ERIC Number: ED205425
Record Type: RIE
Publication Date: 1981-Mar
Reference Count: 0
Organization Theory, Political Theory, and the International Arena: Some Hope But Very Little Time.
Thayer, Frederick C.
This paper presents background on a non-hierarchical organizational perspective. In addition, it presents guidelines for using a non-hierarchical perspective to create generally acceptable forms of international organizations. The theory on which the non-hierarchical perspective is based maintains that a form of comprehensive global planning without centralized authority will contribute toward more peaceful means of conflict resolution. The hypothesis is that international organizations created along non-hierarchical lines will help alleviate global fears which currently motivate many nations to prefer disorganization to membership in any sort of international organization with the 'wrong people' in charge. Following an overview of limitations of existing political and organizational theories, the paper explains why a non-centralized form of international organization might be successful in solving world problems such as food allocation, regulation of the production and sale of resources, and development of infrastructures to deal with the current global level of economic interdependence. Reasons for this potential success include that national operatives in inter-governmental organizations can function with relative freedom as compared to government representatives working in a bilateral diplomatic situation, and that recent increased emphasis on interaction and consenses among bureaucrats (rather than political representatives) can serve as the beginning of a non-hierarchical communications channel. The conclusion is that national policy makers will be able to create viable international organizations if they stress non-centralized global policy planning. (DB)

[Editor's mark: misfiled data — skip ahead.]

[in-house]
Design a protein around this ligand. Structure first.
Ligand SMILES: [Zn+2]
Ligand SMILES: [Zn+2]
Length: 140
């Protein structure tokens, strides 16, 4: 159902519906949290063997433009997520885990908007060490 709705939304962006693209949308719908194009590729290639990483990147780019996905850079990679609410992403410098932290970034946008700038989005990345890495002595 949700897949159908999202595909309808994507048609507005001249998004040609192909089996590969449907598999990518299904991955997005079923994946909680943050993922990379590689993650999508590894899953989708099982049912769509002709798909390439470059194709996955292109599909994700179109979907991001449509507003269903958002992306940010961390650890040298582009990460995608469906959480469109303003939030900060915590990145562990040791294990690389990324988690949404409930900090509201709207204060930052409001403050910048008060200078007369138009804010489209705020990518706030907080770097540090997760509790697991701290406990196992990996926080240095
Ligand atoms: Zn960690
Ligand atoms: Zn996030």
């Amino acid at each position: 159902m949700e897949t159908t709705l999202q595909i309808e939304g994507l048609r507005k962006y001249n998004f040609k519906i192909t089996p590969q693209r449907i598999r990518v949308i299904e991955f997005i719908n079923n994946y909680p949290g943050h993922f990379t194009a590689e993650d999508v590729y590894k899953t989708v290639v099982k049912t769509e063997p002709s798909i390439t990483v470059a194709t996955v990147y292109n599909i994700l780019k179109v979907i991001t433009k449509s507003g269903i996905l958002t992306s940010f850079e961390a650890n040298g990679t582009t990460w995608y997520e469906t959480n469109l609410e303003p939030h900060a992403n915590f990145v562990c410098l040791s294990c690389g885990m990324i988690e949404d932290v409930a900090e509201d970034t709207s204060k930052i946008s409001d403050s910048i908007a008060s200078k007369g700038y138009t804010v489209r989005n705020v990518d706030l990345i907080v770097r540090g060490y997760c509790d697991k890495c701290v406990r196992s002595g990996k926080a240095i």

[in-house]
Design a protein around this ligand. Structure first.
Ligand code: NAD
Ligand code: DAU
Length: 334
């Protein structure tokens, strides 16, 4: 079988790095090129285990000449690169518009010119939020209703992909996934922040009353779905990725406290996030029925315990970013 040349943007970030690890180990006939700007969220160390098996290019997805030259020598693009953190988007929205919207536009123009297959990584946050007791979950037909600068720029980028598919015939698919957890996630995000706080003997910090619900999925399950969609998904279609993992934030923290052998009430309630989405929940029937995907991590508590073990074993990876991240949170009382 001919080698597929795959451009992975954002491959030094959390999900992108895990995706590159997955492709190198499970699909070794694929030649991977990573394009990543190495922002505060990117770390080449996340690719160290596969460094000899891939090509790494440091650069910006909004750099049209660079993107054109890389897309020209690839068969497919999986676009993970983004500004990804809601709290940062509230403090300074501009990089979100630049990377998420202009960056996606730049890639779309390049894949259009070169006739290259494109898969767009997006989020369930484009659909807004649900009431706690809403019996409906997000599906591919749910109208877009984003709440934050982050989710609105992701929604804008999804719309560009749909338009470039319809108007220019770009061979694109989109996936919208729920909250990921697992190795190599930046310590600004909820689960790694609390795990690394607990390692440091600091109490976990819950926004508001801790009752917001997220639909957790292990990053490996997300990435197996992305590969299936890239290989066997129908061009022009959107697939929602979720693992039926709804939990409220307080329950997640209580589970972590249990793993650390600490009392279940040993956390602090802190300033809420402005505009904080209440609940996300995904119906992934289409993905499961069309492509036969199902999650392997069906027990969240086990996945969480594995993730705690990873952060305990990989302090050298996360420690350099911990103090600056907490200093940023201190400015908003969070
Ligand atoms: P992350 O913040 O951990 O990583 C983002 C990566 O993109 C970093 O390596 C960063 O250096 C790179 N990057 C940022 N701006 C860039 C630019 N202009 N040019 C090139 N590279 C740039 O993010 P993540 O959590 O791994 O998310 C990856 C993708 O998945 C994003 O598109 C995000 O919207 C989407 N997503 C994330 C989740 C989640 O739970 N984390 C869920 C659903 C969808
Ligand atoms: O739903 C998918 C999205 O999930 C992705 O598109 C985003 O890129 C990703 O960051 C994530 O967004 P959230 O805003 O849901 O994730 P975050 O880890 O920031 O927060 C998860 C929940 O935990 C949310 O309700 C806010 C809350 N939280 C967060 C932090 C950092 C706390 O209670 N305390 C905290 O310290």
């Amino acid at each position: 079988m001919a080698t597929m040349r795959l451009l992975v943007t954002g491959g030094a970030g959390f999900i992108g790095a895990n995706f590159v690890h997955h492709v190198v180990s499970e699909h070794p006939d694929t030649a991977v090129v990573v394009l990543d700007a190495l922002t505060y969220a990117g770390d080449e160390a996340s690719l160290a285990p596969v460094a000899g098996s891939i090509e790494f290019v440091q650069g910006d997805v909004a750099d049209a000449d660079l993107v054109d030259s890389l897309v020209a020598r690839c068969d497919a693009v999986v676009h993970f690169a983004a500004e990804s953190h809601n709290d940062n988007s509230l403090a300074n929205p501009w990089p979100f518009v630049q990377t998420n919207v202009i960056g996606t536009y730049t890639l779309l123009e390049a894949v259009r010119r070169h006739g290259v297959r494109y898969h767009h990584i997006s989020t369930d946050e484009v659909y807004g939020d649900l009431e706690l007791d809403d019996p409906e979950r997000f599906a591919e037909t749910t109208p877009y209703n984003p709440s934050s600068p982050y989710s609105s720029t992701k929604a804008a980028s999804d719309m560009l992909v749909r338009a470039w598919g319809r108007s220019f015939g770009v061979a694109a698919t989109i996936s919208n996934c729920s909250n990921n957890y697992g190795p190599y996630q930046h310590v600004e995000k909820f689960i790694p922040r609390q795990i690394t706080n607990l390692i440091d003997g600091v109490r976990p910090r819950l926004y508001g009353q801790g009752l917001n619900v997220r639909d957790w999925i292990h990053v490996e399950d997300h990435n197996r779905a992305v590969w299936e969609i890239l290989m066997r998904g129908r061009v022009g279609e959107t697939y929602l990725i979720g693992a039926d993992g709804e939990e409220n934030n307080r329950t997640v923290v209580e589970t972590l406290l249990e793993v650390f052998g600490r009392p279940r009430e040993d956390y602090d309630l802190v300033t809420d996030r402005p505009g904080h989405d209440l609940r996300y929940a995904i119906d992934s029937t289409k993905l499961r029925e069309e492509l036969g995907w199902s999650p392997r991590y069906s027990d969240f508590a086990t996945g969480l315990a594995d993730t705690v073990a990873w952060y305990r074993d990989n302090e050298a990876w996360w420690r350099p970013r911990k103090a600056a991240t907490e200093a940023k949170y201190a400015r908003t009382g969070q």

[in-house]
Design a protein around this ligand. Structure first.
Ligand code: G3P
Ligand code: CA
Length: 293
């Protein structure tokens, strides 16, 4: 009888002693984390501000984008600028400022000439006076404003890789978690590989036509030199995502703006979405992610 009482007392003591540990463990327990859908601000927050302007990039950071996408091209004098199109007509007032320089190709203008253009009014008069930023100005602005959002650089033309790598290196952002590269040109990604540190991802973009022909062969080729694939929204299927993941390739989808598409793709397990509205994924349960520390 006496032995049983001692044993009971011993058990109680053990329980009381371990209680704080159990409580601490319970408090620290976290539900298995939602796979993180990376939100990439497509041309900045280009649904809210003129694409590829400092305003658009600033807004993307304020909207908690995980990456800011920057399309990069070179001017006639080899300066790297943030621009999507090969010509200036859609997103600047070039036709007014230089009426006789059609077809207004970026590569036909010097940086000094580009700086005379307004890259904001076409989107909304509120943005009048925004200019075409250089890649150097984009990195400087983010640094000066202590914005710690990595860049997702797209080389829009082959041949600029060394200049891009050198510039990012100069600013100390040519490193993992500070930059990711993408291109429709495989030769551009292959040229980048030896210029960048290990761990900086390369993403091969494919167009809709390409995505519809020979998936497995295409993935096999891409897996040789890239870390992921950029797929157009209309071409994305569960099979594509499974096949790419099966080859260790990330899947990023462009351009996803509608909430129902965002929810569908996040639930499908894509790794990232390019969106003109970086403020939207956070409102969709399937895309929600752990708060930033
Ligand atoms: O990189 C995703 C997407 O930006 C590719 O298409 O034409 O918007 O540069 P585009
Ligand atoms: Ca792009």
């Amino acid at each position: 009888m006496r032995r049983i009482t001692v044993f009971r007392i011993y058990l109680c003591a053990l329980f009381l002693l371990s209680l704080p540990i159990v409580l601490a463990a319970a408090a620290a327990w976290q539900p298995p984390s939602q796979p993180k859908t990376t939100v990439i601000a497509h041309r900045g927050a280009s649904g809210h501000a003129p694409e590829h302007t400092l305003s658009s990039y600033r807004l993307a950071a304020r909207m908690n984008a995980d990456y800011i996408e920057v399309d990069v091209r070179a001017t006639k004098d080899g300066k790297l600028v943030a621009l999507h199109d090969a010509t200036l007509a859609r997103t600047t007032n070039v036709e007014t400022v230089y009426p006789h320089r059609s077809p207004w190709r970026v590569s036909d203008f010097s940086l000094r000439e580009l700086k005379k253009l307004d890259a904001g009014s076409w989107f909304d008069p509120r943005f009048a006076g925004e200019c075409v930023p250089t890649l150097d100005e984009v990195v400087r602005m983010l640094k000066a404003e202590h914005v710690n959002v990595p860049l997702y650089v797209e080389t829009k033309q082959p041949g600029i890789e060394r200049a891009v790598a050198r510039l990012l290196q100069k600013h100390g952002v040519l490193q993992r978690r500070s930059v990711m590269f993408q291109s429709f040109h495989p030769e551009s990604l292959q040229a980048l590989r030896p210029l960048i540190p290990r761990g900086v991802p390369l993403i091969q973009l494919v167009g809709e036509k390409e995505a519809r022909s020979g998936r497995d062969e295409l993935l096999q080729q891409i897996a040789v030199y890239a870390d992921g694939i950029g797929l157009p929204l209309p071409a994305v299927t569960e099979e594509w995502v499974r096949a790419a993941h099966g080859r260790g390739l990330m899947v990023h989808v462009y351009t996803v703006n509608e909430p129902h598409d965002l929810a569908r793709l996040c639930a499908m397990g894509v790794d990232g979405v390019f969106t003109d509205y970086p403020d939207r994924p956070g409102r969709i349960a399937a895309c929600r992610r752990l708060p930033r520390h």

Publication Type: Opinion Papers; Speeches/Meeting Papers
Education Level: N/A
Authoring Institution: N/A
Note: Paper presented at the Annual Meeting of the International Studies Association (Philadelphia, PA, March 17-21, 1981).